Every day we receive boatloads of great reader tips in our inbox, but for various reasons — maybe they’re a bit too niche, maybe we couldn’t find a good way to present it, or maybe we just couldn’t fit it in — the tip didn’t make the front page. From the Tips Box is where we round up some of our favourites for your buffet-style consumption. Got a tip of your own to share? Email it to tips at lifehacker.com.au.
Stick a Rubber Band On Your Gadgets for Easy, Quick Screen Protection
Michael shares a quick tip for avoiding bumps and scratches:
This might seem dumb, but it works for me.
if you own a Touchscreen Tablet, and are without a case, or maybe you just like the feeling of it naked; You can still easily add some sort of cheap protection. Just wrap a rubber band vertically on each side of the tablet (left and right), making sure to not interfere with the touch screen. This will prevent the face and backing of the tablet from touching any flat surfaces you may place it on. The rubber on each side act as a buffer between the tablet and the surface area, giving it minimal cushion.
If you have a black frame around the tablet, use black rubber bands so it doesn’t look so ugly.
I use a full fledged case when leaving the house, but when inside, I ditch the case and use this method.
Restart iOS Devices to Fix AirPlay Flakiness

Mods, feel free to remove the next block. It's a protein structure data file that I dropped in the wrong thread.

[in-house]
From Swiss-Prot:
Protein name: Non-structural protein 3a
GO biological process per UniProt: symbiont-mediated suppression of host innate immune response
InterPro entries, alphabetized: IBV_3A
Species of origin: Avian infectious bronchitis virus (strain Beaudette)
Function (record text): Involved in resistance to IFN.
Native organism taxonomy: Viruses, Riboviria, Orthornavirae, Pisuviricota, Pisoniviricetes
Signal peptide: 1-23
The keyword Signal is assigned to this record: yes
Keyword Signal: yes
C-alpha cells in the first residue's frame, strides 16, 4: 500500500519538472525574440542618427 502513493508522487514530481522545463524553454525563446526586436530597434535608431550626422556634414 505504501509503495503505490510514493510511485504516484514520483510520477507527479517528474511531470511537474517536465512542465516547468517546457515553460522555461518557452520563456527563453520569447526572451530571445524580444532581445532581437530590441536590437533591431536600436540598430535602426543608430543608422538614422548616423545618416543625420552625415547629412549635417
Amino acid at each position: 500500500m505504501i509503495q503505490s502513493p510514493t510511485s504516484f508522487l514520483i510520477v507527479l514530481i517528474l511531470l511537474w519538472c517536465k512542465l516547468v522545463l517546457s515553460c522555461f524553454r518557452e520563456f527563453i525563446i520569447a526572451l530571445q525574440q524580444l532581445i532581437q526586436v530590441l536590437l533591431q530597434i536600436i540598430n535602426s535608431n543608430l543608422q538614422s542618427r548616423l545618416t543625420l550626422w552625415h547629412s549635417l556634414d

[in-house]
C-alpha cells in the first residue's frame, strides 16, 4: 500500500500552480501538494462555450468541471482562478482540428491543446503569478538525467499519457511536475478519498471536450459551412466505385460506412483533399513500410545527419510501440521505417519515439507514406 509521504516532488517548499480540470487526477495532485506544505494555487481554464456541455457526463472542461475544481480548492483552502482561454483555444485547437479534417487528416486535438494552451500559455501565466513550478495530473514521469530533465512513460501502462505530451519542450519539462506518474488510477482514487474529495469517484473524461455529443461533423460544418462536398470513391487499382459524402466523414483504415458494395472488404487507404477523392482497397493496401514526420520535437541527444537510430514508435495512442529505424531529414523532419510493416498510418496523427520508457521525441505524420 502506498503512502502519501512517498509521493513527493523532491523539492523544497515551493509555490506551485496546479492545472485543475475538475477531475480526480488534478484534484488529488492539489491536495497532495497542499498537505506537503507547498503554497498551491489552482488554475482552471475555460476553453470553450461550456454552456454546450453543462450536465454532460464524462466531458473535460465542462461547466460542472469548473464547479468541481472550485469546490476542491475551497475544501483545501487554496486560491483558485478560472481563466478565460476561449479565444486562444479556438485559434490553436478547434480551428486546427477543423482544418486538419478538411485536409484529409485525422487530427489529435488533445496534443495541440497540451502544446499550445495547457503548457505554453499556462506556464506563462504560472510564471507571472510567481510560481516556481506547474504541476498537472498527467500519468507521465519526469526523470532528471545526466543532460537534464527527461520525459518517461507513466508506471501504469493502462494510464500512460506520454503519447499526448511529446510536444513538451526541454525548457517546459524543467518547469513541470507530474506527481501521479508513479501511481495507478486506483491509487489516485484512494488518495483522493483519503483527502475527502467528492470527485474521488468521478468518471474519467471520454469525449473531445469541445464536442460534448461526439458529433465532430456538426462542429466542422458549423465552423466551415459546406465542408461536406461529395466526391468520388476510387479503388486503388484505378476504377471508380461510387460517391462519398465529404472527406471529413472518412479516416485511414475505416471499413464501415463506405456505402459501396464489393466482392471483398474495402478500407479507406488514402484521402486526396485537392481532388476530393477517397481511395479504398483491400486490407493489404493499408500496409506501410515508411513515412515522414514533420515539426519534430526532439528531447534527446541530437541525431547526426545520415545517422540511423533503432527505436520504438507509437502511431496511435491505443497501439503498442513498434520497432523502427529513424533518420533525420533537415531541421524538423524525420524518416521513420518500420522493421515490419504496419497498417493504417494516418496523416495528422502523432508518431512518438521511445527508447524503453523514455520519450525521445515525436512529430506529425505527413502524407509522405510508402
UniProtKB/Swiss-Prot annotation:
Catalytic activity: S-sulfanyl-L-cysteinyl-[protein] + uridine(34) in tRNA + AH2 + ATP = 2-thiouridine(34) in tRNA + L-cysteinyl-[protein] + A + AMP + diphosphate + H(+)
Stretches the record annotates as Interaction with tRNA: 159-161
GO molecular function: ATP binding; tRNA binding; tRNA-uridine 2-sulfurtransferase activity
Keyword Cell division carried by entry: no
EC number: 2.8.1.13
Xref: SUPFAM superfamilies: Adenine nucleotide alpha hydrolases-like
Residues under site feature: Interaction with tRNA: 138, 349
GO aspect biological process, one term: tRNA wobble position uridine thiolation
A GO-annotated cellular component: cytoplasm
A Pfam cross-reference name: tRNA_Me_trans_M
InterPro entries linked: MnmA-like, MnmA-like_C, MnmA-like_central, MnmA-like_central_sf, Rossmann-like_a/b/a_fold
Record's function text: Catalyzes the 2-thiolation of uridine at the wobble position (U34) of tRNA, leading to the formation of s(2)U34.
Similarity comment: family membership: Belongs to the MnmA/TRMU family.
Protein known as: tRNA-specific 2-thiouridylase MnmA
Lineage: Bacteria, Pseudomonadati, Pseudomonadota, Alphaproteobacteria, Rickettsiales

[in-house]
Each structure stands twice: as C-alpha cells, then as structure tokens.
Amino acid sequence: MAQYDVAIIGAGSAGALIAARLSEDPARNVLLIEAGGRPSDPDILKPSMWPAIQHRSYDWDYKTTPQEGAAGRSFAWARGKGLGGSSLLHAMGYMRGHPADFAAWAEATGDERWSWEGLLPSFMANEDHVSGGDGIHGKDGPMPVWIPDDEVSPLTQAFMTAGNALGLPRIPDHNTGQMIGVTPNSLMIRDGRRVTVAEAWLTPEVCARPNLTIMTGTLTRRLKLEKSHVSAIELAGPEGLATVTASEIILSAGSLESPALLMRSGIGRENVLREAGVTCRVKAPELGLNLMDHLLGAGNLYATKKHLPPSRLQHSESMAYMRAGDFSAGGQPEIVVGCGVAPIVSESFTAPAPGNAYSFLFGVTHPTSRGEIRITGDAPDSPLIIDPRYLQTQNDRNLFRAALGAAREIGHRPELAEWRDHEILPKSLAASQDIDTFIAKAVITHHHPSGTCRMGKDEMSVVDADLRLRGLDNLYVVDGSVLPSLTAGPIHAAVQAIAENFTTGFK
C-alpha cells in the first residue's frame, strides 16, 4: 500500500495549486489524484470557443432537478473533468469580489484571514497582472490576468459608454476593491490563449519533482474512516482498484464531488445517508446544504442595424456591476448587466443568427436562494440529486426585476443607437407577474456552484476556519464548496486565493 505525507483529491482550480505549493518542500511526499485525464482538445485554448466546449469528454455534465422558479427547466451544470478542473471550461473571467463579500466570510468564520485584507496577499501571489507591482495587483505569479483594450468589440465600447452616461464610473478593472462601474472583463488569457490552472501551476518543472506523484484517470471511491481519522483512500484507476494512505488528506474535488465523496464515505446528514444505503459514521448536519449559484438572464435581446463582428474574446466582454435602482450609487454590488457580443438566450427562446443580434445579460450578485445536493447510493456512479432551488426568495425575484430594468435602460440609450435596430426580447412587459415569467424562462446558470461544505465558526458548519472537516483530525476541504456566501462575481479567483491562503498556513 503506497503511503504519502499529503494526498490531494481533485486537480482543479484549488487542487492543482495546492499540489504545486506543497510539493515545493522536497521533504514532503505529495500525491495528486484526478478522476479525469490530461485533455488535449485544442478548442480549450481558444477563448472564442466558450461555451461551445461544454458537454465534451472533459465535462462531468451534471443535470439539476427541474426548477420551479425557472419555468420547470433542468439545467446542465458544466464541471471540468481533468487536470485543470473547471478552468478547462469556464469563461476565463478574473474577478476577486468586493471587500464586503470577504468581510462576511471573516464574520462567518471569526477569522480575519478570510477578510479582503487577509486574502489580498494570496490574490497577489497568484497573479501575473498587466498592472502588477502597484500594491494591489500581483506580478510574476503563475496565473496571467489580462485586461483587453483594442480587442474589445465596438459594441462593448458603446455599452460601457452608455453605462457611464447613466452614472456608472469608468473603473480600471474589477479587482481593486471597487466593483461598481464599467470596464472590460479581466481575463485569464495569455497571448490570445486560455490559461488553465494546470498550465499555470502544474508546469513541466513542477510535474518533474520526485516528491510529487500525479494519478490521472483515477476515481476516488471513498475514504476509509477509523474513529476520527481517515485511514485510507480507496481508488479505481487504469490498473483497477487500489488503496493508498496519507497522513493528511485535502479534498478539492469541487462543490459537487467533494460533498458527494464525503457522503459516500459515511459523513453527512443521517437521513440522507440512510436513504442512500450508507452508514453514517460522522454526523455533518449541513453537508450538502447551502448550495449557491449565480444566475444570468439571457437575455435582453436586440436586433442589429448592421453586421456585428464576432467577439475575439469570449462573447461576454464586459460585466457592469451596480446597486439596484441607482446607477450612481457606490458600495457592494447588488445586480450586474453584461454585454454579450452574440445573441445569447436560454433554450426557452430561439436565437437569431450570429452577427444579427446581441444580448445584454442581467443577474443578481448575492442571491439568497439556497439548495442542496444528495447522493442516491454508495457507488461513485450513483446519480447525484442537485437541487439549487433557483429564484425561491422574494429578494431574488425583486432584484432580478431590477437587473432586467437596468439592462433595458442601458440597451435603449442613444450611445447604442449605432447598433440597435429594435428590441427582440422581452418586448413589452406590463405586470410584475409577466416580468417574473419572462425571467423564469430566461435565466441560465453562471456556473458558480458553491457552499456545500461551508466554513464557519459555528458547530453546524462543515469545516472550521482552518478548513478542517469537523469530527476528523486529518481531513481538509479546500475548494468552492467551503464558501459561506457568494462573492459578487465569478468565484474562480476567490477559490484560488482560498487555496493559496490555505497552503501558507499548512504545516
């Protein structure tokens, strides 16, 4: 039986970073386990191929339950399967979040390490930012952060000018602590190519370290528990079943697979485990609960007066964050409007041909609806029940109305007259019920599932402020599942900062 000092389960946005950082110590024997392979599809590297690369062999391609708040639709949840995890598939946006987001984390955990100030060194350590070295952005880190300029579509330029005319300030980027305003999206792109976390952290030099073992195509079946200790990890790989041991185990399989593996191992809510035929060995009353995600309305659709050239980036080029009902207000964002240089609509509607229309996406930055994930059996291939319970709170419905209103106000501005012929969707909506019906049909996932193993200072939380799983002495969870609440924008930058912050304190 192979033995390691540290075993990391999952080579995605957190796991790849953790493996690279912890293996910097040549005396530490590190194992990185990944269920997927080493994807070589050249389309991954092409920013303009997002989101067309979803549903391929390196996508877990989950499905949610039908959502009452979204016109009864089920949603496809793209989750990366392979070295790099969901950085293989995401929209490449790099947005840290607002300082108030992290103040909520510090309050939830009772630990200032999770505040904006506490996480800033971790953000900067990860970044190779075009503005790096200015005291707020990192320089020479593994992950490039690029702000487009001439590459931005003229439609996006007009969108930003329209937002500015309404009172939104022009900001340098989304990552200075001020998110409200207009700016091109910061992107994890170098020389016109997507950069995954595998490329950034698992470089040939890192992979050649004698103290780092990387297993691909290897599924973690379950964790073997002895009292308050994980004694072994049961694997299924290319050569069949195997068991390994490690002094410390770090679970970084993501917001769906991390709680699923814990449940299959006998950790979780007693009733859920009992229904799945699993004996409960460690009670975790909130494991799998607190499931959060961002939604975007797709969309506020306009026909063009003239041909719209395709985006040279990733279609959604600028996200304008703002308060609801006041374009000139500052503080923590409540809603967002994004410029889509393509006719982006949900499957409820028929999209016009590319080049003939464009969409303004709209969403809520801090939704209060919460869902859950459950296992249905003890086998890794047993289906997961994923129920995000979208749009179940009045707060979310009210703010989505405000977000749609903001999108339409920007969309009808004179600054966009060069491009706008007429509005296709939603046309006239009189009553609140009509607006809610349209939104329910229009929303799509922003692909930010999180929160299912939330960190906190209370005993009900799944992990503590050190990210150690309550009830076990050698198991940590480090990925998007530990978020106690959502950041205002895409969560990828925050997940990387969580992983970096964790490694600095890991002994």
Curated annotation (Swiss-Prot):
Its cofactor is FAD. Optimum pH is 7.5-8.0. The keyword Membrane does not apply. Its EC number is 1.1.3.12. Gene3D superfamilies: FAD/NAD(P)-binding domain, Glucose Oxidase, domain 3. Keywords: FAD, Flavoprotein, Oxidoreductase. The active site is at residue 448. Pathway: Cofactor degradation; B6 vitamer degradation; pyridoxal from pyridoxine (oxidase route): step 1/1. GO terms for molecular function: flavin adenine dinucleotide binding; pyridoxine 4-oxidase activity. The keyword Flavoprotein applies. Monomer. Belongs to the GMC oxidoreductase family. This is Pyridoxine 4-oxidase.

Tobias tells us one way to fix AirPlay issues in iOS:
I love playing music from my iPod and iPad to my AirPort Express, but sometimes the little AirPlay icon doesn’t show up, and there seems to be no particular reason it flakes out. I found that if I power off the device completely and restart it, it’ll usually show back up. Apple has a list of troubleshooting tips, but none of them worked for me — my device was connected to the right network, etc. but it just wouldn’t show up. This usually fixes it.
Fix a Broken Mouse Button with a Small Piece of Tape
Patrick shows us how to fix a mouse that performs a double click even when you only click once:
This bug happens when a mouse is constantly used. Instead of a single click it performs a double click.
That’s because the inner mouse button (The electrical part) and the outer button don’t have a perfect contact after a number of years. It’s not a vendor specific problem, I’ve seen both Roccat and Logitech mice affected. You can fix it with some tape or address label. Check out the video above to see how.